It is every young gay man’s worst nightmare. Recently out, grappling with all the hopes and fears of the new path ahead of you, to then receive what seems to be a proclamation of doom: a positive HIV test. This is what happened to actor Nathaniel Hall – of It’s a Sin fame – after losing his virginity at the age of 16. And First Time is his spellbinding story, realised in a 75 minute one-man show, that journeys all the way from initial devastation to present-day pride.
The play opens with Hall in a tank top and pair of Y-fronts, dancing around the stage to Club Tropicana, chit-chatting to the audience, and sniffing from a tiny plastic bag. It is a recognisable reality to anyone who has spent five minutes on the gay party scene – and this self-presentation immediately acclimatises us to his witty, honest and vulnerable self. But soon, we are in Stockport in 2003, finding Hall aged 16, not yet out, but looking forward to his school prom and all the possibilities of his life ahead. Before any of that can happen, though, he meets Sam, the older man who would transmit HIV to Hall, who the besotted teenager finds to be the spitting image of Will Young.
First Time captures the essence of so many experiences that will be recognisable to so many. The excitement of meeting someone for the first time, the experiences of being a small-town gay, the coming out to a middle class, conservative, but ultimately loving family. After his diagnosis, we see Hall at his most vulnerable – naked, retching, scoffing incalculable quantities of drugs – before later appreciating the man he has become, in his mid-thirties, coming to terms with his identity and looking to the future. And it is all told through a beguiling soundscape of early noughties music, capturing the tentative possibility felt by a community emerging from the AIDs pandemic of the 80s and 90s, as well as reminding us of how he can never escape that experience of his 16-year-old self that changed his life forever.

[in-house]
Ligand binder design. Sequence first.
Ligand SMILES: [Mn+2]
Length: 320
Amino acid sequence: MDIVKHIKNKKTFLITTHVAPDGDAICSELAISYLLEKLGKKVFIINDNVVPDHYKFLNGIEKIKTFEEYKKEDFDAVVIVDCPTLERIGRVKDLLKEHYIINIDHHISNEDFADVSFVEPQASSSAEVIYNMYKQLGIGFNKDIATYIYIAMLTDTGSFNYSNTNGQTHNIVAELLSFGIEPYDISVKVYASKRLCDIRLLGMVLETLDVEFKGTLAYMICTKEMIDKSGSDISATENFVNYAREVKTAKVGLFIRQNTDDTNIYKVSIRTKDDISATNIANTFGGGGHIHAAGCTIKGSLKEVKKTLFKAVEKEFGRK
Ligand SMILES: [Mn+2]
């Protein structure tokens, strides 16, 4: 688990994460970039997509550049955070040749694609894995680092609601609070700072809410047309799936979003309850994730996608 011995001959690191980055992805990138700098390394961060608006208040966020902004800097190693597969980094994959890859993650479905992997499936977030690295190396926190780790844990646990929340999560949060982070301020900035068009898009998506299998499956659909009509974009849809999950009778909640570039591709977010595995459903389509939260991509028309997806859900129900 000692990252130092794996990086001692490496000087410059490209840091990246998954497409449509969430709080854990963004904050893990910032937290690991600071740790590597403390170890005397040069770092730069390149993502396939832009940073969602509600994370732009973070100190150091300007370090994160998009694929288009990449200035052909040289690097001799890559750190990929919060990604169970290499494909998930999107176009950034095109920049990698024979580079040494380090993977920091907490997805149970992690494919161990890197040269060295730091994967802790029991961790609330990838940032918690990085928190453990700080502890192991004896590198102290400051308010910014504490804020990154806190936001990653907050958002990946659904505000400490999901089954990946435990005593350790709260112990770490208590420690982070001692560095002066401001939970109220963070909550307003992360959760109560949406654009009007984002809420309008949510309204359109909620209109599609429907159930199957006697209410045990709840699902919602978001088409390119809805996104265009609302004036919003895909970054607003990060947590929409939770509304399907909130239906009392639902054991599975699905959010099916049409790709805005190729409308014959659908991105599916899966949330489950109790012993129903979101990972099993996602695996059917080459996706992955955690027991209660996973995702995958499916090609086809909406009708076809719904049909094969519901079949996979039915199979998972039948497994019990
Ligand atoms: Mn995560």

This story of a gay man catching HIV is fundamentally very simple. But the way in which it is told – with audience participation, disrupted timeframes that jump between the past and present, and a laugh-out-loud script – makes it engaging and fresh. At one point it even becomes a sex education lesson, with Hall going through the talk he often gives to school children, only with an added “adult edge”, and inevitable hilarity.
First Time is a story of hope, of emerging from traumatic circumstances that so many people still know so little about. Hall has been touring his play since 2018, but it feels incredibly vital. Let us hope he receives both the platform, and financial support, to keep telling his story for many years yet.
First Time is at The Pleasance until 13th February